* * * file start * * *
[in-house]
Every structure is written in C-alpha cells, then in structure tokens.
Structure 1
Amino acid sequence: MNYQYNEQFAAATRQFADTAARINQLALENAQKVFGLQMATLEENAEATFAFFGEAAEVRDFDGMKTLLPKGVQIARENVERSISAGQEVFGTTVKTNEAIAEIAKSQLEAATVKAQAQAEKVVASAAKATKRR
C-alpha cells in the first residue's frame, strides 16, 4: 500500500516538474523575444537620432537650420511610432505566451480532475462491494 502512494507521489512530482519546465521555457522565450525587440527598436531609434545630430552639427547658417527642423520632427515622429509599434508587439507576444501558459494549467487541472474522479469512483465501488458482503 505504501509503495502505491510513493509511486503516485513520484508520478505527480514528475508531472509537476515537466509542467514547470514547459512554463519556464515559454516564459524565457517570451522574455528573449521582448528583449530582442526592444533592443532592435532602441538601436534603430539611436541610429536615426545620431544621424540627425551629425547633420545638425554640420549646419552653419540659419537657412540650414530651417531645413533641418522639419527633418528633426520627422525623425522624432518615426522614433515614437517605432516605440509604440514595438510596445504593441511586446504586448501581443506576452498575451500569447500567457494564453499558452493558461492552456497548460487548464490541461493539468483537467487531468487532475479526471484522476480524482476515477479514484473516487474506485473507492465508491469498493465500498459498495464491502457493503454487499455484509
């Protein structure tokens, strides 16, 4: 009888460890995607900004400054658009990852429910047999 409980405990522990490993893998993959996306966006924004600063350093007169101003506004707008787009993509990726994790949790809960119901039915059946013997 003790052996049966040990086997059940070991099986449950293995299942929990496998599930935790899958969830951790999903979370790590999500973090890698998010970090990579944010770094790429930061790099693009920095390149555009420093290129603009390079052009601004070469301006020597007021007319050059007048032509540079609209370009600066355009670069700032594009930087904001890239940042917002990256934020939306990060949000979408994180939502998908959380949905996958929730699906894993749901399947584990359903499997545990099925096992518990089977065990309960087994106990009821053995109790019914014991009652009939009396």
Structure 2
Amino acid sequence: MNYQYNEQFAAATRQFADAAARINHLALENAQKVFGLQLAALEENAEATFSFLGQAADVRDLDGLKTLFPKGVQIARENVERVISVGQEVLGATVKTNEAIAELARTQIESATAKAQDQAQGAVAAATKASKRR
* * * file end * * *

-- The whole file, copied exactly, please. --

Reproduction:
[in-house]
Every structure is written in C-alpha cells, then in structure tokens.
Structure 1
Amino acid sequence: MNYQYNEQFAAATRQFADTAARINQLALENAQKVFGLQMATLEENAEATFAFFGEAAEVRDFDGMKTLLPKGVQIARENVERSISAGQEVFGTTVKTNEAIAEIAKSQLEAATVKAQAQAEKVVASAAKATKRR
C-alpha cells in the first residue's frame, strides 16, 4: 500500500516538474523575444537620432537650420511610432505566451480532475462491494 502512494507521489512530482519546465521555457522565450525587440527598436531609434545630430552639427547658417527642423520632427515622429509599434508587439507576444501558459494549467487541472474522479469512483465501488458482503 505504501509503495502505491510513493509511486503516485513520484508520478505527480514528475508531472509537476515537466509542467514547470514547459512554463519556464515559454516564459524565457517570451522574455528573449521582448528583449530582442526592444533592443532592435532602441538601436534603430539611436541610429536615426545620431544621424540627425551629425547633420545638425554640420549646419552653419540659419537657412540650414530651417531645413533641418522639419527633418528633426520627422525623425522624432518615426522614433515614437517605432516605440509604440514595438510596445504593441511586446504586448501581443506576452498575451500569447500567457494564453499558452493558461492552456497548460487548464490541461493539468483537467487531468487532475479526471484522476480524482476515477479514484473516487474506485473507492465508491469498493465500498459498495464491502457493503454487499455484509
């Protein structure tokens, strides 16, 4: 009888460890995607900004400054658009990852429910047999 409980405990522990490993893998993959996306966006924004600063350093007169101003506004707008787009993509990726994790949790809960119901039915059946013997 003790052996049966040990086997059940070991099986449950293995299942929990496998599930935790899958969830951790999903979370790590999500973090890698998010970090990579944010770094790429930061790099693009920095390149555009420093290129603009390079052009601004070469301006020597007021007319050059007048032509540079609209370009600066355009670069700032594009930087904001890239940042917002990256934020939306990060949000979408994180939502998908959380949905996958929730699906894993749901399947584990359903499997545990099925096992518990089977065990309960087994106990009821053995109790019914014991009652009939009396």
Structure 2
Amino acid sequence: MNYQYNEQFAAATRQFADAAARINHLALENAQKVFGLQLAALEENAEATFSFLGQAADVRDLDGLKTLFPKGVQIARENVERVISVGQEVLGATVKTNEAIAELARTQIESATAKAQDQAQGAVAAATKASKRR